Our Ground and Our Responsibilites to Guard It

Some of my fellows think those of us who keep pushing to maintain and protect public access to our public ground are simply wasting our time.

Case in point: the last First Friday Art Walk, and a conversation I had with a couple homeys.  Somewhere in there, I no doubt mentioned our current public lands access battles.  Given that more than 70 percent of the ground in Kittitas County is publicly owned, and more than half of Fish and Wildlife managed land is in our county—access is critical for us and those who will follow us.  I mentioned the Senate Committee work session three of us attended in Mount Vernon, a couple of the recent sudden closings of long-used roads and their equally sudden reopening after questioning, and I started to mention the game of Whack-a-Mole we’ve been playing around the county—with one road reopened and another suddenly set for closure.

At that point, one of them touched my arm and said something like, “Whoa…  Relax…  Don’t drive your blood pressure up over this silliness.  You’re dealing with a bureaucracy here—just like we did at the university—you can’t win this. .. Give it up.”

Another outdoor nut, who’d overheard part of our conversation, confessed that he didn’t really care much about access issues over on the Quilomene end of the county, since his play was mostly around the Manastash ground.  While Fish & Wildlife probably had good reasons for closing roads in the Quilomene, he reasoned, he would get very cranky about access changes in his part of the county.  “Besides,” he almost whispered as we finished our confab “if you guys keep pushing this road stuff, Fish & Wildlife may just start losing your license applications—those guys could create some problems for you.  Who needs that?”

We humans are funny.  I walked away thinking about what our Lake Baikal guide and driver, Ivan, had to say about Russians pulled out of their homes and villages a couple generations ago and sent off to work camps.  Ivan had close family stories of a well-respected man who disappeared.  When I asked him about the responses of other villagers and friends, he explained that no one would speak up.  His grandmother told him that the family became isolated, and even though the man had been a good leader, people whispered that he must have done something bad or the government wouldn’t have taken him.  And so it was.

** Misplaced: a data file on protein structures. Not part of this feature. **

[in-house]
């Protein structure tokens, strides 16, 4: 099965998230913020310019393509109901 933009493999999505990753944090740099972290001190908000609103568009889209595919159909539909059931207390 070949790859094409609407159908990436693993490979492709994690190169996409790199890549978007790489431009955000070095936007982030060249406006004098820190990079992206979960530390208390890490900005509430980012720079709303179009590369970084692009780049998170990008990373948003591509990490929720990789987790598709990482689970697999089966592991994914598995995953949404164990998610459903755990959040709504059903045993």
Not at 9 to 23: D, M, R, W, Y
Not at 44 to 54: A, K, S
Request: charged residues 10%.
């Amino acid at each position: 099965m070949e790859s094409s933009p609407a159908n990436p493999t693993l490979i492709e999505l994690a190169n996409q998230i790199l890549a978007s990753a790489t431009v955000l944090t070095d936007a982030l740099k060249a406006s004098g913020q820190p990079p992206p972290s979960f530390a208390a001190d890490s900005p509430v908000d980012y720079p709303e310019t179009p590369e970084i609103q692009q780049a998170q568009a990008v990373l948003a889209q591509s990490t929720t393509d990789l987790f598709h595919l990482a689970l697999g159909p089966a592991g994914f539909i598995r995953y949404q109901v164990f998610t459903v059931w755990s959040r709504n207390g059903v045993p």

The whole conversation left me thinking about how we get more people to speak up in the face of these aggressive road and access closures.  Clearly, we have to work together.

As outdoor citizens of Paradise, our interests run the gamut from fishing, hunting, trapping and shooting to hiking, biking, riding, snowmobiling, wildlife watching and photography.  I’m certain that there are at least 10,000 of us in the county who proudly call ourselves “outdoors people.”  Yet, relatively few of us are active in local outdoor clubs or organizations.  I would, and often do, argue that there has never been a greater need for a common voice.

I always hate to see anyone discounting another who doesn’t “recreate” in the same way, or on the same ground, or one simply holding silence about others’ rights and needs.  I often think about something Shari Fraker used to say.  A few decades back, I was executive director of the United Sportsmen Council of Colorado—some fifty different organizations—and she was representing one of the bow hunting outfits.  Over and over, as trappers and target shooters and trout fishermen and duck hunters and big game hunters haggled over an appropriate position to take on some proposed rule or regulation, she would remind us that we got together to support each other.  “Together,” she would say, “we can ensure the future of our various outdoor enterprises for our descendants.  Alone, fighting only for our own specific perspectives, we end up eating our young—and tomorrow won’t matter.”

It will take all of us—no matter our access “interest”—to ensure that we have open and responsible access to our lands for our grandchildren’s grandchildren.  The county commissioners are about to take a big step in that direction.  On Monday’s commission agenda is a resolution to create the “Kittitas County Public Lands Advisory Committee.”  This committee will have broad representation from public land users countywide, and will advise the commission directly about things happening or proposed on our lands.  It’s a great start.

I often think about this poem, attributed to Pastor Martin Niemoeller, about the intellectuals’ lack of protest over the rise of Nazi power.

“First they came for the Jews and I did not speak out—because I was not a Jew.

“Then they came for the communists and I did not speak out—because I was not a communist.

“Then they came for the trade unionists and I did not speak out—I was not a trade unionist.

“Then they came for me—and there was no one left to speak out for me.”

Written by Jim Huckabay. Posted in Uncategorized